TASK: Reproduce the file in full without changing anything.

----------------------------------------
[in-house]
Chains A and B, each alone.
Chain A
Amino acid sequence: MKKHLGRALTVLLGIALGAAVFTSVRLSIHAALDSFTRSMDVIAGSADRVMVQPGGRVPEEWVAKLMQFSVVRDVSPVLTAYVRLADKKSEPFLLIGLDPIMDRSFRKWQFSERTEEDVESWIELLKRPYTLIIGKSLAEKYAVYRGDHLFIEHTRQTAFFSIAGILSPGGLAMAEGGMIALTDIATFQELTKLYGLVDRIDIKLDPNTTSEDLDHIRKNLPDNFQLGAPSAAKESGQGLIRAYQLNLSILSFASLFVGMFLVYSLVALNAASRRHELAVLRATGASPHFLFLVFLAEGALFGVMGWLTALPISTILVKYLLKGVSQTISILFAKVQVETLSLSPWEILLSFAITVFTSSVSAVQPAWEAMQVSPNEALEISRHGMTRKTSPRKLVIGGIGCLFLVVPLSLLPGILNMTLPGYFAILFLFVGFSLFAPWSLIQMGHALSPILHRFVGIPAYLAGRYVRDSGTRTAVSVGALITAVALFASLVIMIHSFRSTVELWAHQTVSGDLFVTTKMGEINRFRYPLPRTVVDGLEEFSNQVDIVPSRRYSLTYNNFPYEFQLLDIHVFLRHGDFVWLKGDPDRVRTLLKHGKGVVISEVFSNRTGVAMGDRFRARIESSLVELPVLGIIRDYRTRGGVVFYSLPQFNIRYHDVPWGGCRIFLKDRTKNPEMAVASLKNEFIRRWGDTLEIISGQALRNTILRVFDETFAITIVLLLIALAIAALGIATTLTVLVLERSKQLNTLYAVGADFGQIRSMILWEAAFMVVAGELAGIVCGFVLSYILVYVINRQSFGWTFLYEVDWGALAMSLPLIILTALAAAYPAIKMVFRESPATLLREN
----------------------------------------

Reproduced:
[in-house]
Chains A and B, each alone.
Chain A
Amino acid sequence: MKKHLGRALTVLLGIALGAAVFTSVRLSIHAALDSFTRSMDVIAGSADRVMVQPGGRVPEEWVAKLMQFSVVRDVSPVLTAYVRLADKKSEPFLLIGLDPIMDRSFRKWQFSERTEEDVESWIELLKRPYTLIIGKSLAEKYAVYRGDHLFIEHTRQTAFFSIAGILSPGGLAMAEGGMIALTDIATFQELTKLYGLVDRIDIKLDPNTTSEDLDHIRKNLPDNFQLGAPSAAKESGQGLIRAYQLNLSILSFASLFVGMFLVYSLVALNAASRRHELAVLRATGASPHFLFLVFLAEGALFGVMGWLTALPISTILVKYLLKGVSQTISILFAKVQVETLSLSPWEILLSFAITVFTSSVSAVQPAWEAMQVSPNEALEISRHGMTRKTSPRKLVIGGIGCLFLVVPLSLLPGILNMTLPGYFAILFLFVGFSLFAPWSLIQMGHALSPILHRFVGIPAYLAGRYVRDSGTRTAVSVGALITAVALFASLVIMIHSFRSTVELWAHQTVSGDLFVTTKMGEINRFRYPLPRTVVDGLEEFSNQVDIVPSRRYSLTYNNFPYEFQLLDIHVFLRHGDFVWLKGDPDRVRTLLKHGKGVVISEVFSNRTGVAMGDRFRARIESSLVELPVLGIIRDYRTRGGVVFYSLPQFNIRYHDVPWGGCRIFLKDRTKNPEMAVASLKNEFIRRWGDTLEIISGQALRNTILRVFDETFAITIVLLLIALAIAALGIATTLTVLVLERSKQLNTLYAVGADFGQIRSMILWEAAFMVVAGELAGIVCGFVLSYILVYVINRQSFGWTFLYEVDWGALAMSLPLIILTALAAAYPAIKMVFRESPATLLREN